The World Isn't Ready For The Chromecast Yet

Google's new TV device doesn't solve the only problem that matters. Until online content catches up, the hard tech barely matters.

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For devices that connect to your TV, the only thing that has ever mattered is the content. America isn't waiting for a big tech breakthrough to make internet-only TV happen. It's waiting for more, and better, content: better shows, better movies, lower prices. When, without trying very hard, a typical customer can get more content from an internet TV device that from a cable box, that customer will get rid of the cable box.

This is a lesson Steve Jobs learned, and shared, in 2008, after the first version of the Apple TV had flopped. Apple released a major update that made it easier to rent, buy and play content directly from the device, rather than through another machine. He said at the time:

We've all tried to figure out how to do movies, and you know what? We've all missed. No one has succeeded yet. We tried with Apple TV. Apple TV was designed to be an accessory for iTunes and your computer. It's not what people wanted. We learned what people really wanted was movies, movies movies.
With that, the Apple TV became a much better set-top box — because it got out of the way.

But it still flopped, in part because it was too expensive but mostly because it didn't have enough content. Even the most recent Apple TV, priced at a hundred dollars and equipped with AirPlay, has sold modestly compared to other products Apple makes. Would it help if it were cheaper? Sure. But a $50 Apple TV, or a $30 Apple TV, or even a $10 Apple TV, wouldn't destroy the cable industry, and it wouldn't appreciably change the rate at which people switch fully to internet TV (a very slow rate, it should be noted). The cable industry still has the content that people want. That's starting to change in profound ways. Note: starting.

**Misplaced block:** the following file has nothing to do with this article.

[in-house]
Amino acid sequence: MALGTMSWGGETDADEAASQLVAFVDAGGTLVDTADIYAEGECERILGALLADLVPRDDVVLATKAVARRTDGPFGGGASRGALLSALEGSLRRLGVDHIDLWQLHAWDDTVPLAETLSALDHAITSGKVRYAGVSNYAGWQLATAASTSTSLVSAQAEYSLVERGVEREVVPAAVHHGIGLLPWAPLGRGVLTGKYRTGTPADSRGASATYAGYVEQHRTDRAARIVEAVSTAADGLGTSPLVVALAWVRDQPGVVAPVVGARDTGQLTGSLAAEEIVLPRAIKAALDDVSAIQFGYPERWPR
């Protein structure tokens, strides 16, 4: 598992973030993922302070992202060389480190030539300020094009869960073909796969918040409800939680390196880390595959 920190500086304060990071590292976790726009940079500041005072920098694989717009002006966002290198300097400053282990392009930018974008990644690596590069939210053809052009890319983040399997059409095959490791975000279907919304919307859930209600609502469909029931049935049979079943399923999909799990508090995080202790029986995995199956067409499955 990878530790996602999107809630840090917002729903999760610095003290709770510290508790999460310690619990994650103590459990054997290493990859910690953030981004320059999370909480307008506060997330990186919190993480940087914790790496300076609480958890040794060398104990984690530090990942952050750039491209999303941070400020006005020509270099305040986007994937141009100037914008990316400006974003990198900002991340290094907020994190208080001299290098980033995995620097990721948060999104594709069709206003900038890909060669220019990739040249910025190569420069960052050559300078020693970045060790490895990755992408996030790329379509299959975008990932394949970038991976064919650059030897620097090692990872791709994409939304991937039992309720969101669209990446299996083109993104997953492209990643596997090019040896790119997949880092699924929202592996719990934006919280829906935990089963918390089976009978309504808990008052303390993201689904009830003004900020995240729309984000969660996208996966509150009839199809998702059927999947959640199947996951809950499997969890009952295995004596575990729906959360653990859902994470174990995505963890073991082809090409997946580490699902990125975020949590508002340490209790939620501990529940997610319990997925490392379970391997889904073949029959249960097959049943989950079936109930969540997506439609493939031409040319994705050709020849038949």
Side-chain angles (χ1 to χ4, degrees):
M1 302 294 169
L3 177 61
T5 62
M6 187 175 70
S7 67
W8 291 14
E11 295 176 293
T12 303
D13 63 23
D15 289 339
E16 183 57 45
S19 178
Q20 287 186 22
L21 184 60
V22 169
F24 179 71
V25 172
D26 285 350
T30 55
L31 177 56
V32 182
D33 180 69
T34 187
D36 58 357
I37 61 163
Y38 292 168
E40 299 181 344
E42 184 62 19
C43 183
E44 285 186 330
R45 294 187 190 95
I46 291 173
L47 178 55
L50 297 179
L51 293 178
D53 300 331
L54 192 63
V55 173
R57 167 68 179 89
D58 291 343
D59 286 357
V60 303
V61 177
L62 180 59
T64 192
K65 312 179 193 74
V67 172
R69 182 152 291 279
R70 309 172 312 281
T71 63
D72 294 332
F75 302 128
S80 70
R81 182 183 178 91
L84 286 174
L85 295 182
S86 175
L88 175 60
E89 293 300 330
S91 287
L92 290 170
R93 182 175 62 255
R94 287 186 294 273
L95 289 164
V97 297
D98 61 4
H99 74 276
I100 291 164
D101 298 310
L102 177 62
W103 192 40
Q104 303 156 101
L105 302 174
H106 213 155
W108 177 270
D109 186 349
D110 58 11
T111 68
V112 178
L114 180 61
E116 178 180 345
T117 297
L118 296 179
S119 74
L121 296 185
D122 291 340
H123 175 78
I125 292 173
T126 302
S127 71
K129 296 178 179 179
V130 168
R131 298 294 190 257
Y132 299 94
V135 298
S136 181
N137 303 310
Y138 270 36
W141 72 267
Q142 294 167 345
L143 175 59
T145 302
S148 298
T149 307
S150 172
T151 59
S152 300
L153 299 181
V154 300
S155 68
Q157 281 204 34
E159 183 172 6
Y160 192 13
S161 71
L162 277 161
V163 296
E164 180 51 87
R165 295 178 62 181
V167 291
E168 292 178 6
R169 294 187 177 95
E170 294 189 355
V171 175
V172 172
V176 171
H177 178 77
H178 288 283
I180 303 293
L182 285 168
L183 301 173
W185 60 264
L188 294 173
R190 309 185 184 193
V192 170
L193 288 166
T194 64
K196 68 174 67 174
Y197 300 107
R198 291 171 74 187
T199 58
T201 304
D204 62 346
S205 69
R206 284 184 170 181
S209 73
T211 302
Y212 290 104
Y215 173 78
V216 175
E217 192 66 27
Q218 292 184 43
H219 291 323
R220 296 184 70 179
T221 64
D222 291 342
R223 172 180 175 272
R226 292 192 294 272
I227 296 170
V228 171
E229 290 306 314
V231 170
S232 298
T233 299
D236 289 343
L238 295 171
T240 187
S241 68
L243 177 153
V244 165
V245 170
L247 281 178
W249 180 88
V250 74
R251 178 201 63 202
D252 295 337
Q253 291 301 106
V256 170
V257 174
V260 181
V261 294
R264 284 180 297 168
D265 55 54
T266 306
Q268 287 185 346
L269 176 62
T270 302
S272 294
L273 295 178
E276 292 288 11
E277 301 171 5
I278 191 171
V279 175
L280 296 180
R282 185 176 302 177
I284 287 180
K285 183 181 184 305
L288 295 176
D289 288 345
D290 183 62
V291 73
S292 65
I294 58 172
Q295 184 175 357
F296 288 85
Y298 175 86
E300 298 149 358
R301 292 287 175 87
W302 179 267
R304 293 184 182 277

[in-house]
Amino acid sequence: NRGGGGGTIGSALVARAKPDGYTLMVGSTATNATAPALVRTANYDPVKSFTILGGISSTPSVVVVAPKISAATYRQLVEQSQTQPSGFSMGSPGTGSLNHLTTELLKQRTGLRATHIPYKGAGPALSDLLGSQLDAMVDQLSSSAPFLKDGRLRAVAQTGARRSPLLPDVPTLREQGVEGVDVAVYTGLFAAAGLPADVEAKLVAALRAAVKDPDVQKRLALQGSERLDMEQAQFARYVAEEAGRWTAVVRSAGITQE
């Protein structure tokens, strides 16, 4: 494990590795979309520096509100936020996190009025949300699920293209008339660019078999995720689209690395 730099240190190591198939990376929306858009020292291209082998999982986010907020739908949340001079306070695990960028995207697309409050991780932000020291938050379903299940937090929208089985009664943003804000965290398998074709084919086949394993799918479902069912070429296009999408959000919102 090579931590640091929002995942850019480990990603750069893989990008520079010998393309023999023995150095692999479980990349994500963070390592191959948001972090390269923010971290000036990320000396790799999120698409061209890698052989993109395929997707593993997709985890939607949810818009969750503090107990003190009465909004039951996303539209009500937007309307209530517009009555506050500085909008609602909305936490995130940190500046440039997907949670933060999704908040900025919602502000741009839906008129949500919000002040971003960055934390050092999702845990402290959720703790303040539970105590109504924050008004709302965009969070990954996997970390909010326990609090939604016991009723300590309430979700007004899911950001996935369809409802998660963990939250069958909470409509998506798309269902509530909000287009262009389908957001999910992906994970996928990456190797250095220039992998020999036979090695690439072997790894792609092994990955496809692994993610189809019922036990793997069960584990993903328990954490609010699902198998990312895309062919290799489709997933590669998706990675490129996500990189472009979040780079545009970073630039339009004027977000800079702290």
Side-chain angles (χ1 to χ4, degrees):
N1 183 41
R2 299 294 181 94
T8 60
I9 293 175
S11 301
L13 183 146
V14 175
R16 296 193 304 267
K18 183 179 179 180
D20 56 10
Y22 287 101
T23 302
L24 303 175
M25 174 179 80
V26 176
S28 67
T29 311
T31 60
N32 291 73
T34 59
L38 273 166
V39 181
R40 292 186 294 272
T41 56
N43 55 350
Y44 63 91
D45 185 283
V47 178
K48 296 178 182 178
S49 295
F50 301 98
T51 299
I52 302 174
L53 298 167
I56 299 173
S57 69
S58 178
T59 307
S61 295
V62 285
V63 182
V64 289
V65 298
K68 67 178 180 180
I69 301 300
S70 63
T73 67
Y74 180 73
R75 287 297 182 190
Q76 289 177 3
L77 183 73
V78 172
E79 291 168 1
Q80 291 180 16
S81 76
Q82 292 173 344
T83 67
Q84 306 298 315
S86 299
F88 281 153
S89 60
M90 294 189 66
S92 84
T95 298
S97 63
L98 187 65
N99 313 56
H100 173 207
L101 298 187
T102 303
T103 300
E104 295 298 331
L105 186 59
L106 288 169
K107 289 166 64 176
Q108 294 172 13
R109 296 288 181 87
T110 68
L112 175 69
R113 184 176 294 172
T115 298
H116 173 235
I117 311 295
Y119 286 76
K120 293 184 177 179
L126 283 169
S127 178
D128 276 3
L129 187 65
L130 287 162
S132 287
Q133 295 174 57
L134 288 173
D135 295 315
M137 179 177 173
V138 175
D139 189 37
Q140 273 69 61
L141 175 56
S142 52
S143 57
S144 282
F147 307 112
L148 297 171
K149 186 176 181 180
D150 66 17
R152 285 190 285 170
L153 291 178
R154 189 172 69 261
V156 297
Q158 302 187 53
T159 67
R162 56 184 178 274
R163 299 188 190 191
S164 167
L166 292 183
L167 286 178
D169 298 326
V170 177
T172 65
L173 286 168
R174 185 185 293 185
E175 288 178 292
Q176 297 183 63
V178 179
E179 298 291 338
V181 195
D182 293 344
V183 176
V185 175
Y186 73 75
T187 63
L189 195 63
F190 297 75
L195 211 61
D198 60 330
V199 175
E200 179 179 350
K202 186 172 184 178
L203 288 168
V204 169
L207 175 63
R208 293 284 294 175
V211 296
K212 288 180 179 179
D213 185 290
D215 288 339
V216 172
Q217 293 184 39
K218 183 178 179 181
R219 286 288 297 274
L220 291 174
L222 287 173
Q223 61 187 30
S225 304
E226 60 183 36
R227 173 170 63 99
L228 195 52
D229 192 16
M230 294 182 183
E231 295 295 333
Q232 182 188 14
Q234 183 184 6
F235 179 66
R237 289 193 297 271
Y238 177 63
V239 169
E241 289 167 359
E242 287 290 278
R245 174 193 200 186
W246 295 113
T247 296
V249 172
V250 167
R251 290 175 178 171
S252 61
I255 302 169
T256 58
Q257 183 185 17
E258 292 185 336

Which brings us to Google's Chromecast. This product, a small, $35 dongle-like device which Google announced today, is getting incredible hype. Mat Honan at Wired called it "Google's Miracle Device," praising it for being "delightfully cross platform," and suggesting that its ability to play content from your browser window is "huge."

The device is immediately appealing on some specific merits. It's very cheap and very small, though designing and describing it as a "dongle" is disingenuous and gimmicky: a true dongle wouldn't need to be plugged into a power source, and I suspect a lot of buyers will be disappointed to see a cable hanging from what they thought would work like a USB stick (the opening frames of the video above are, basically, a lie for users who don't have HDMI 1.4+ TVs). It can play video content from an iPhone or an Android phone or a laptop, which is nice — and closes an Android-sized hole in the market left open by the Apple-only AirPlay.

But what the Chromecast does not do is provide significantly easier access to content that customers couldn't get on their TVs before. It doesn't solve internet TV's live sports problem, its HBO problem, its mainstream franchise problem, its familiarity problem. Basically, the content viewers crave, and the content that internet TV is still gaining access to, isn't hiding in a Chrome tab (and if it is, it's probably either porn or illegal).

The Chromecast may very well be successful as an alternative to the $100 Apple TV or the $50+ Roku. But right now, that's not much of a battle to win: it might sell a lot of units as a cheap Netflix device, or as a fun phone accessory. But it's still a secondary device – and one that I think many people might find confusing. If a typical TV owner walks into a Best Buy and says to the associate, "I want to watch Netflix and stuff on my TV," the associate will have three obvious options: he can recommend an Apple TV, which fits the description for $100; he can recommend a Roku, which fits the description for $50, or he can recommend the $35 Google dongle, which he will have to explain. Does it play Netflix? Sure, but, like, from your phone. Why is it shaped like that? Well, you still have to plug it in, so I'm not really sure. Do I have to use my phone to play everything? Sort of! You can use your laptop, too. Did I mention it's cheap?

Most people aren't clamoring for a bridge between their phones or laptops and their TV — they're clamoring for more content. And judging by what companies like Netflix are doing, it's coming. But not fast enough, not yet.

When — not if — your phone and your laptop have that content, such a system will be in much higher demand. Chromecast is a lucid, smart guess at how we'll want our devices to connect with each other after the cable TV complex has been toppled. But today, it's just another box connected to the TV. New device, new shape, new name, new price. But the same content.